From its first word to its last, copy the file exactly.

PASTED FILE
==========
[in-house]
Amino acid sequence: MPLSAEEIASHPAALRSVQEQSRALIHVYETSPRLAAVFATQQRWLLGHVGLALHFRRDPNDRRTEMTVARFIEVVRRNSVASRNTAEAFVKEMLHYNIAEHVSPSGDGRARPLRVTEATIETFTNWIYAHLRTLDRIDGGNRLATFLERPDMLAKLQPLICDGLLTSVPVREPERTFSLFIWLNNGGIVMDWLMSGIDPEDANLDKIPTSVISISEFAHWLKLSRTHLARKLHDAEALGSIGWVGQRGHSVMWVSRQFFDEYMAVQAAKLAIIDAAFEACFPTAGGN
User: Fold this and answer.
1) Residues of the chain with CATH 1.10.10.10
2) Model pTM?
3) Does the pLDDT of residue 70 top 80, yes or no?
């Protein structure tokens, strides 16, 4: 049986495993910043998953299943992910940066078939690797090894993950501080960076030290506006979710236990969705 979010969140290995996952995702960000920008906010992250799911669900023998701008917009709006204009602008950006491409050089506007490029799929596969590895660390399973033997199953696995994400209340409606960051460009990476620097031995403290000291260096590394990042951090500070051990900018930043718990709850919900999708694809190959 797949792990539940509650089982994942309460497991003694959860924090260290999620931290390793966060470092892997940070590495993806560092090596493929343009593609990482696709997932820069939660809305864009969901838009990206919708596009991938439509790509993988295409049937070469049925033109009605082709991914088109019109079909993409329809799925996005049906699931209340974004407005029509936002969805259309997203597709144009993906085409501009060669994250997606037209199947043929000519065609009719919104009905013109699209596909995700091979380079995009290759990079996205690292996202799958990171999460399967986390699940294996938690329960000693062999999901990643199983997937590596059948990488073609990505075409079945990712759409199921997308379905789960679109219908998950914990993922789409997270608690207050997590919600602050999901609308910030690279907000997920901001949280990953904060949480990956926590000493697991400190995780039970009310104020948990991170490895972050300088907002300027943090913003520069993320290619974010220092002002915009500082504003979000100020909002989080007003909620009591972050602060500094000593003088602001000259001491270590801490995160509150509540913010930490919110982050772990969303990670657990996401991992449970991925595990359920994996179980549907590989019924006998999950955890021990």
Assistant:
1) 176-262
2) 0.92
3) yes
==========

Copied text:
[in-house]
Amino acid sequence: MPLSAEEIASHPAALRSVQEQSRALIHVYETSPRLAAVFATQQRWLLGHVGLALHFRRDPNDRRTEMTVARFIEVVRRNSVASRNTAEAFVKEMLHYNIAEHVSPSGDGRARPLRVTEATIETFTNWIYAHLRTLDRIDGGNRLATFLERPDMLAKLQPLICDGLLTSVPVREPERTFSLFIWLNNGGIVMDWLMSGIDPEDANLDKIPTSVISISEFAHWLKLSRTHLARKLHDAEALGSIGWVGQRGHSVMWVSRQFFDEYMAVQAAKLAIIDAAFEACFPTAGGN
User: Fold this and answer.
1) Residues of the chain with CATH 1.10.10.10
2) Model pTM?
3) Does the pLDDT of residue 70 top 80, yes or no?
């Protein structure tokens, strides 16, 4: 049986495993910043998953299943992910940066078939690797090894993950501080960076030290506006979710236990969705 979010969140290995996952995702960000920008906010992250799911669900023998701008917009709006204009602008950006491409050089506007490029799929596969590895660390399973033997199953696995994400209340409606960051460009990476620097031995403290000291260096590394990042951090500070051990900018930043718990709850919900999708694809190959 797949792990539940509650089982994942309460497991003694959860924090260290999620931290390793966060470092892997940070590495993806560092090596493929343009593609990482696709997932820069939660809305864009969901838009990206919708596009991938439509790509993988295409049937070469049925033109009605082709991914088109019109079909993409329809799925996005049906699931209340974004407005029509936002969805259309997203597709144009993906085409501009060669994250997606037209199947043929000519065609009719919104009905013109699209596909995700091979380079995009290759990079996205690292996202799958990171999460399967986390699940294996938690329960000693062999999901990643199983997937590596059948990488073609990505075409079945990712759409199921997308379905789960679109219908998950914990993922789409997270608690207050997590919600602050999901609308910030690279907000997920901001949280990953904060949480990956926590000493697991400190995780039970009310104020948990991170490895972050300088907002300027943090913003520069993320290619974010220092002002915009500082504003979000100020909002989080007003909620009591972050602060500094000593003088602001000259001491270590801490995160509150509540913010930490919110982050772990969303990670657990996401991992449970991925595990359920994996179980549907590989019924006998999950955890021990």
Assistant:
1) 176-262
2) 0.92
3) yes